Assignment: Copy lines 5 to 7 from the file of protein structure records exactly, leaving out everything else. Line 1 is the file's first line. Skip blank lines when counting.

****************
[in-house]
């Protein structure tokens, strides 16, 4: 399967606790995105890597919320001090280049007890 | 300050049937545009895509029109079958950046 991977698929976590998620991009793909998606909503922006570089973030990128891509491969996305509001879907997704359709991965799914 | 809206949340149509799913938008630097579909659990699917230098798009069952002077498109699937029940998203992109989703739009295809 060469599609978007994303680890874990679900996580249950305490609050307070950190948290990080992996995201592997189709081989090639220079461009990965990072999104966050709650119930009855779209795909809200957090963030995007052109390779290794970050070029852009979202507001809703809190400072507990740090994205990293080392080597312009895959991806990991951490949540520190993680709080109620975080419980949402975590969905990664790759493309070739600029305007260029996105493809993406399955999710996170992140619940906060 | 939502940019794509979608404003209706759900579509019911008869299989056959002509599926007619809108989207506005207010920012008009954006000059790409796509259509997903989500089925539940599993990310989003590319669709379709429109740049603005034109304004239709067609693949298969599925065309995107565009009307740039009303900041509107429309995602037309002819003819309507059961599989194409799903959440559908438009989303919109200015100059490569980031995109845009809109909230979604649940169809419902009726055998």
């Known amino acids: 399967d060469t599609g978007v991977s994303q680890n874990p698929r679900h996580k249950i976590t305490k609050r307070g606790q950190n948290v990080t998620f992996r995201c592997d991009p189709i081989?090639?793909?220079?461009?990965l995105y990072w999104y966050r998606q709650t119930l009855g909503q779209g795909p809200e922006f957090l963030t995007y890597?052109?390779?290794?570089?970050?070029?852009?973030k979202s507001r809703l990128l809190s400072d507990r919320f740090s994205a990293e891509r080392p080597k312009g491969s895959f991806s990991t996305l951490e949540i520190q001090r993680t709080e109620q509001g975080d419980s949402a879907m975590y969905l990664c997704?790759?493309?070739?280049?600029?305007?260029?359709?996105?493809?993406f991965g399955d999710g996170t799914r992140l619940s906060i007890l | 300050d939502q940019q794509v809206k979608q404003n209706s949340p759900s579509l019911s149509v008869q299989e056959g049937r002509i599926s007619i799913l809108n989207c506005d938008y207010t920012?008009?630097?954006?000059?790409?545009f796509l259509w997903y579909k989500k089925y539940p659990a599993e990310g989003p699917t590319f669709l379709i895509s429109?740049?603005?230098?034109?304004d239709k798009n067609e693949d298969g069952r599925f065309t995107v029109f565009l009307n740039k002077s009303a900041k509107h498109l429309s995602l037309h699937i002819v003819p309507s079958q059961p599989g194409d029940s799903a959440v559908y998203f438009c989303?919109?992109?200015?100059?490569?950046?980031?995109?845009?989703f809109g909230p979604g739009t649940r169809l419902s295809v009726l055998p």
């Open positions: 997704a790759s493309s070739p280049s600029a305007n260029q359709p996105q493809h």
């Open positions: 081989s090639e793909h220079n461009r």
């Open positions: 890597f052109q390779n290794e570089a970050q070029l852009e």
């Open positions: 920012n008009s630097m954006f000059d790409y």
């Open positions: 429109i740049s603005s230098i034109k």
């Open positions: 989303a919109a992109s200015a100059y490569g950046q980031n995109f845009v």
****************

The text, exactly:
């Open positions: 081989s090639e793909h220079n461009r």
């Open positions: 890597f052109q390779n290794e570089a970050q070029l852009e």
């Open positions: 920012n008009s630097m954006f000059d790409y």